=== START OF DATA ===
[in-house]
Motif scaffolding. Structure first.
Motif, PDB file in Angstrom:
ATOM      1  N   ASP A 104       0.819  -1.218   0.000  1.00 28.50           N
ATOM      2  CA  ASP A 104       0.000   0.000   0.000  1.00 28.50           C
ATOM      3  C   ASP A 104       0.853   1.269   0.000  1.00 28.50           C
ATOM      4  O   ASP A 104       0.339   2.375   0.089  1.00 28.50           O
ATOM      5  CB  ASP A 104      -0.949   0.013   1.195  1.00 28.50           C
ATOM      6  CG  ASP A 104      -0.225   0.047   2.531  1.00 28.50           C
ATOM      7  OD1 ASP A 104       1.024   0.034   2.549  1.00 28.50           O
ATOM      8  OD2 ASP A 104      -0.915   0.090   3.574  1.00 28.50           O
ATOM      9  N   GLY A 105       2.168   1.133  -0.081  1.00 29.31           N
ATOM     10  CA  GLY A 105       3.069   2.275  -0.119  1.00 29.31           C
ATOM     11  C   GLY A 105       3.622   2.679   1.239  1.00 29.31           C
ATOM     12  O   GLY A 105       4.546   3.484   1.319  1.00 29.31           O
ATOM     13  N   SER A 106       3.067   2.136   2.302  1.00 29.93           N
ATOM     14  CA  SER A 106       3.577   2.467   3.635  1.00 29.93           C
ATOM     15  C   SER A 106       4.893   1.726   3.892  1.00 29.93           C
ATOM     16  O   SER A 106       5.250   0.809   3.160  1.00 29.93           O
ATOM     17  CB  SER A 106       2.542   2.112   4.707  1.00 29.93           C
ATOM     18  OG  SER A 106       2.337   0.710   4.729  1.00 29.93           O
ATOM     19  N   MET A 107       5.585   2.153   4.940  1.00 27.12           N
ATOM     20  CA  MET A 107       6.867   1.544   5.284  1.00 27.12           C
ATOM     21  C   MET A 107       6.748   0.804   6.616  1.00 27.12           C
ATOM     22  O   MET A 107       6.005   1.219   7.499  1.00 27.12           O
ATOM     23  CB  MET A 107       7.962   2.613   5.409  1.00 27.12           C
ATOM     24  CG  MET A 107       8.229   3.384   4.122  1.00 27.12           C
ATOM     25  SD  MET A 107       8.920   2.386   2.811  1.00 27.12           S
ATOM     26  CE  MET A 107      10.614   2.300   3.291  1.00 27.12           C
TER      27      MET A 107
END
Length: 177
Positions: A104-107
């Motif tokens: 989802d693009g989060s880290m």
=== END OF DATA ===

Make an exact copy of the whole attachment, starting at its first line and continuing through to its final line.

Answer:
[in-house]
Motif scaffolding. Structure first.
Motif, PDB file in Angstrom:
ATOM      1  N   ASP A 104       0.819  -1.218   0.000  1.00 28.50           N
ATOM      2  CA  ASP A 104       0.000   0.000   0.000  1.00 28.50           C
ATOM      3  C   ASP A 104       0.853   1.269   0.000  1.00 28.50           C
ATOM      4  O   ASP A 104       0.339   2.375   0.089  1.00 28.50           O
ATOM      5  CB  ASP A 104      -0.949   0.013   1.195  1.00 28.50           C
ATOM      6  CG  ASP A 104      -0.225   0.047   2.531  1.00 28.50           C
ATOM      7  OD1 ASP A 104       1.024   0.034   2.549  1.00 28.50           O
ATOM      8  OD2 ASP A 104      -0.915   0.090   3.574  1.00 28.50           O
ATOM      9  N   GLY A 105       2.168   1.133  -0.081  1.00 29.31           N
ATOM     10  CA  GLY A 105       3.069   2.275  -0.119  1.00 29.31           C
ATOM     11  C   GLY A 105       3.622   2.679   1.239  1.00 29.31           C
ATOM     12  O   GLY A 105       4.546   3.484   1.319  1.00 29.31           O
ATOM     13  N   SER A 106       3.067   2.136   2.302  1.00 29.93           N
ATOM     14  CA  SER A 106       3.577   2.467   3.635  1.00 29.93           C
ATOM     15  C   SER A 106       4.893   1.726   3.892  1.00 29.93           C
ATOM     16  O   SER A 106       5.250   0.809   3.160  1.00 29.93           O
ATOM     17  CB  SER A 106       2.542   2.112   4.707  1.00 29.93           C
ATOM     18  OG  SER A 106       2.337   0.710   4.729  1.00 29.93           O
ATOM     19  N   MET A 107       5.585   2.153   4.940  1.00 27.12           N
ATOM     20  CA  MET A 107       6.867   1.544   5.284  1.00 27.12           C
ATOM     21  C   MET A 107       6.748   0.804   6.616  1.00 27.12           C
ATOM     22  O   MET A 107       6.005   1.219   7.499  1.00 27.12           O
ATOM     23  CB  MET A 107       7.962   2.613   5.409  1.00 27.12           C
ATOM     24  CG  MET A 107       8.229   3.384   4.122  1.00 27.12           C
ATOM     25  SD  MET A 107       8.920   2.386   2.811  1.00 27.12           S
ATOM     26  CE  MET A 107      10.614   2.300   3.291  1.00 27.12           C
TER      27      MET A 107
END
Length: 177
Positions: A104-107
């Motif tokens: 989802d693009g989060s880290m």